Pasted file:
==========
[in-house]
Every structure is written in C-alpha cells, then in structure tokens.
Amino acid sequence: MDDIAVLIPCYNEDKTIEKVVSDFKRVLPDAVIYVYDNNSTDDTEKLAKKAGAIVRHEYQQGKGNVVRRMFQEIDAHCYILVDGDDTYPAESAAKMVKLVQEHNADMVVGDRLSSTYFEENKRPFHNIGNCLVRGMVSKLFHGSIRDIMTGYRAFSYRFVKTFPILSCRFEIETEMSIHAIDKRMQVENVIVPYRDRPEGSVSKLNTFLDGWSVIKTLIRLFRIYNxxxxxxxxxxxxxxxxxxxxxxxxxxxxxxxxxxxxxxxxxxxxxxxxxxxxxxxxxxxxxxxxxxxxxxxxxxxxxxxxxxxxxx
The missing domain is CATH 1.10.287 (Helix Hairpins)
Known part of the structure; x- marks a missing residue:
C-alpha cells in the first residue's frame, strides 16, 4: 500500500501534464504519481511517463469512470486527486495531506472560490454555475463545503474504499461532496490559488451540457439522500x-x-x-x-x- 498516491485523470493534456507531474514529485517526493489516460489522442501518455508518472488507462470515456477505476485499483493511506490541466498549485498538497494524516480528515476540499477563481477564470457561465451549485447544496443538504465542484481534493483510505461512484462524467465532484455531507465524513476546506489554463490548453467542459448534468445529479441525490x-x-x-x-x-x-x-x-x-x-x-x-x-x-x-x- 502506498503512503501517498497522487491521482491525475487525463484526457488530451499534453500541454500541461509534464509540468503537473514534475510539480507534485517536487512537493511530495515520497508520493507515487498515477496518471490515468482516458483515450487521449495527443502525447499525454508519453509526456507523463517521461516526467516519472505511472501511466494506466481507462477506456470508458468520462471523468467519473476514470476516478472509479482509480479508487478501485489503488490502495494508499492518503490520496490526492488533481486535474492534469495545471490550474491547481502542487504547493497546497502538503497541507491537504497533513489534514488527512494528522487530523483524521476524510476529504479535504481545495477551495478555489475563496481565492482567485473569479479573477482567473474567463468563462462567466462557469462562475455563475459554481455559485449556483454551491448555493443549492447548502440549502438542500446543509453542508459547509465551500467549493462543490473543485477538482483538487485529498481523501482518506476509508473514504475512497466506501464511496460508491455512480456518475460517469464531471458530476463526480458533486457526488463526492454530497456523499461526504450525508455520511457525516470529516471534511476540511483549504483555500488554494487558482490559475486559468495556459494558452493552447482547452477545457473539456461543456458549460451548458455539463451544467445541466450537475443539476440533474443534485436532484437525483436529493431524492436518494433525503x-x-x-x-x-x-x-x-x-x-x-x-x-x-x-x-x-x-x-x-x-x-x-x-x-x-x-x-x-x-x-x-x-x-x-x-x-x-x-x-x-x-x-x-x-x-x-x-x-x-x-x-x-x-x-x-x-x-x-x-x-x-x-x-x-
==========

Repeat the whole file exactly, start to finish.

[in-house]
Every structure is written in C-alpha cells, then in structure tokens.
Amino acid sequence: MDDIAVLIPCYNEDKTIEKVVSDFKRVLPDAVIYVYDNNSTDDTEKLAKKAGAIVRHEYQQGKGNVVRRMFQEIDAHCYILVDGDDTYPAESAAKMVKLVQEHNADMVVGDRLSSTYFEENKRPFHNIGNCLVRGMVSKLFHGSIRDIMTGYRAFSYRFVKTFPILSCRFEIETEMSIHAIDKRMQVENVIVPYRDRPEGSVSKLNTFLDGWSVIKTLIRLFRIYNxxxxxxxxxxxxxxxxxxxxxxxxxxxxxxxxxxxxxxxxxxxxxxxxxxxxxxxxxxxxxxxxxxxxxxxxxxxxxxxxxxxxxx
The missing domain is CATH 1.10.287 (Helix Hairpins)
Known part of the structure; x- marks a missing residue:
C-alpha cells in the first residue's frame, strides 16, 4: 500500500501534464504519481511517463469512470486527486495531506472560490454555475463545503474504499461532496490559488451540457439522500x-x-x-x-x- 498516491485523470493534456507531474514529485517526493489516460489522442501518455508518472488507462470515456477505476485499483493511506490541466498549485498538497494524516480528515476540499477563481477564470457561465451549485447544496443538504465542484481534493483510505461512484462524467465532484455531507465524513476546506489554463490548453467542459448534468445529479441525490x-x-x-x-x-x-x-x-x-x-x-x-x-x-x-x- 502506498503512503501517498497522487491521482491525475487525463484526457488530451499534453500541454500541461509534464509540468503537473514534475510539480507534485517536487512537493511530495515520497508520493507515487498515477496518471490515468482516458483515450487521449495527443502525447499525454508519453509526456507523463517521461516526467516519472505511472501511466494506466481507462477506456470508458468520462471523468467519473476514470476516478472509479482509480479508487478501485489503488490502495494508499492518503490520496490526492488533481486535474492534469495545471490550474491547481502542487504547493497546497502538503497541507491537504497533513489534514488527512494528522487530523483524521476524510476529504479535504481545495477551495478555489475563496481565492482567485473569479479573477482567473474567463468563462462567466462557469462562475455563475459554481455559485449556483454551491448555493443549492447548502440549502438542500446543509453542508459547509465551500467549493462543490473543485477538482483538487485529498481523501482518506476509508473514504475512497466506501464511496460508491455512480456518475460517469464531471458530476463526480458533486457526488463526492454530497456523499461526504450525508455520511457525516470529516471534511476540511483549504483555500488554494487558482490559475486559468495556459494558452493552447482547452477545457473539456461543456458549460451548458455539463451544467445541466450537475443539476440533474443534485436532484437525483436529493431524492436518494433525503x-x-x-x-x-x-x-x-x-x-x-x-x-x-x-x-x-x-x-x-x-x-x-x-x-x-x-x-x-x-x-x-x-x-x-x-x-x-x-x-x-x-x-x-x-x-x-x-x-x-x-x-x-x-x-x-x-x-x-x-x-x-x-x-x-